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2015 Cairns Marlin Season Recap


El Nino Season Cairns 2015 – Cairns marlin season recap by Kelly Dalling Fallon for Fishtrack Magazine

The Australian Bureau of Meteorology officially declared the country in the effects of the El Nino in May 2015 (the first full El Nino since 2009/10). How that affected the fishing on the reef was very evident in October.

While most people associate El Nino with warmer water temperatures, on the ‘edge’ where we fish it’s actually a different story.

The warm waters that are usually pushed west across of the pacific ocean are propelled by less circulation than normal in El Nino years meaning that this warm water ‘stops’ before it gets to the Australian east coast. And that’s what we found in October with water temps barely reaching 24+ degrees. A full degree colder than usual at that time of year.

This was further evidenced by the lack of a strong easterly current hitting the edge. We are particularly looking at the current direction to find the spot on the reef where it hits the reef and splits north and south – we want to be fishing on that impact and its southern side, in fact a strong southerly current is also considered conducive to good fishing.

But the current was missing, the water cold, and the fishing certainly suffered. This video was one of the better sized fish we released in the cold water (and wet and windy conditions of early October).

While the fleet was still finding pockets of good fishing (and good sized fish among them), there seemed to be many more smaller fish particularly over the week of the Lizard Island Black Marlin Classic. The comp featured some tough fishing – just 63 tags for 39 boats in seven days. But adding to that poor result, most notable was the number of ‘small’ fish tagged in a tournament which usually features grander class fish in up to double figures! In fact, over half of the fish tagged during the competition were called in at under 200lbs!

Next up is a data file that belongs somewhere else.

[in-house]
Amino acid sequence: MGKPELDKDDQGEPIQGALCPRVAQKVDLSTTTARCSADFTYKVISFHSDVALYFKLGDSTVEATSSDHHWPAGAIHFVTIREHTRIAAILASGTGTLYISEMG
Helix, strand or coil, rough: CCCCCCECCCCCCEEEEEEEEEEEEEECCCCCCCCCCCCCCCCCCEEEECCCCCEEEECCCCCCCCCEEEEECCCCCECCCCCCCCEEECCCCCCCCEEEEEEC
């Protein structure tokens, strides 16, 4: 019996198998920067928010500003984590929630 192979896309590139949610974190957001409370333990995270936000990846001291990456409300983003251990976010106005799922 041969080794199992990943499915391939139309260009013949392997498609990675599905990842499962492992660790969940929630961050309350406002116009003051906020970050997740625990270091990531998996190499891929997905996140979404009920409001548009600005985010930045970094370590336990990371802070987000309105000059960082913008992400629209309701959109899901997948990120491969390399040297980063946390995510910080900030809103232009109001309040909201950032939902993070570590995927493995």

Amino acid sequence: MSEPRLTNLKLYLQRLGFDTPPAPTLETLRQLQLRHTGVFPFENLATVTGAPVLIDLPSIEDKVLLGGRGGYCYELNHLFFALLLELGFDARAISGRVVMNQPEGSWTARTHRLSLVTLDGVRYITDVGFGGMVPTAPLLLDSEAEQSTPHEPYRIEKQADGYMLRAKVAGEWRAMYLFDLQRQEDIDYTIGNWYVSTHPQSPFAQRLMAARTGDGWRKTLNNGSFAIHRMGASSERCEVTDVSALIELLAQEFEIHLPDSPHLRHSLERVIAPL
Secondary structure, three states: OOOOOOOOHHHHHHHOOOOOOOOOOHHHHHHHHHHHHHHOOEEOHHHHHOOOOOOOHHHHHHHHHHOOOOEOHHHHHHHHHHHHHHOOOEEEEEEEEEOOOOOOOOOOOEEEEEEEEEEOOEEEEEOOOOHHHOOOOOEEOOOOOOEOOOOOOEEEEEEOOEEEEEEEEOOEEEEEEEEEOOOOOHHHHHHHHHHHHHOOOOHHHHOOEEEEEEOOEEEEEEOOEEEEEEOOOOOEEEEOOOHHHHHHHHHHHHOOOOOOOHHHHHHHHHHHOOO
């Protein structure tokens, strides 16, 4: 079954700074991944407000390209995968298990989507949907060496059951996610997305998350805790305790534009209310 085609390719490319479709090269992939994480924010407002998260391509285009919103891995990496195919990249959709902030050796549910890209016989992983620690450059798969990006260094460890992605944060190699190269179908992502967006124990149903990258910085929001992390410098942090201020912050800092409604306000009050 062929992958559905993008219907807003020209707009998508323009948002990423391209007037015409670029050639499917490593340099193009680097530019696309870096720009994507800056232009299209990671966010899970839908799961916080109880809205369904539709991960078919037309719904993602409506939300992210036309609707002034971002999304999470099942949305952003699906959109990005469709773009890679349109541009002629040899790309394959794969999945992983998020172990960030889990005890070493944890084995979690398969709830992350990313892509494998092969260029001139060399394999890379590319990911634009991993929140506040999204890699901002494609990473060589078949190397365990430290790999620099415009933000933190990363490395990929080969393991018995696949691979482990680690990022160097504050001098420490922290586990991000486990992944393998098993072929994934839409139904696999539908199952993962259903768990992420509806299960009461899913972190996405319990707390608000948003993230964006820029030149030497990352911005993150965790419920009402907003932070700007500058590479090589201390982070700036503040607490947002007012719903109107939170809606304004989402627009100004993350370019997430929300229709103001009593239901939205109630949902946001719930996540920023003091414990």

Fishing aside, the gold ol’ early October wind kept us all holding onto our hats (literally) for close to 20 days straight. Frustrating fishing and weather combination but when the elements all do align, there is nothing more exciting that big fish in big seas! This fish claimed one of my cameras. Lucky I have a couple of backups!

Have you ever heard the saying “The definition of stupidity is doing the same thing again and again and expecting a different result”? Tired of doing the same thing for the same result, some boats, ourselves among them, abandoned the ‘edge’ in late October and ventured out wide to some of the more secluded reef areas some 30-70 miles further beyond the Ribbons. This strategy was of course more than just a ‘stab in the dark’. We were watching the currents and water temps religiously and noticed a good congregation of both in the vicinity of Holmes Reef which is located 130 miles east of Cairns.

It was not a decision to be taken lightly as we were at that stage fishing at the top of Number 10 Ribbon Reef so had to first return 130 miles south to Cairns, resupply, and head out again. Luckily our guests from Hawaii who have fished themselves all of their lives, agreed with the logic of the gamble and we had plenty of time left on the trip to do it. And it paid off from the outset with 11 fish over the next 8 days including one day that we missed 4 bites (all of which looked like big fish). The right water temp, the right current, find the fish!

While we were out wide, and out of regular phone/internet range, keeping in touch with other members of the fleet on the sat phone, we heard that the fishing on the edge had come on. This is inline with this same water we and others had chased out wide, finally making its way in and onto the reef. And this time, plenty of big fish came with.

Overall, the early to mid-period of November had a sustained bite of big fish in store for us and turned what we’d feared to be a dud-season, into another absolutely spectacular year.

Also with the warm water as expected came a number of blue marlin mostly in the sub 300 pound range but the odd bigger fish. It’s only a matter of time until the first grander blue marlin is caught in Australia.

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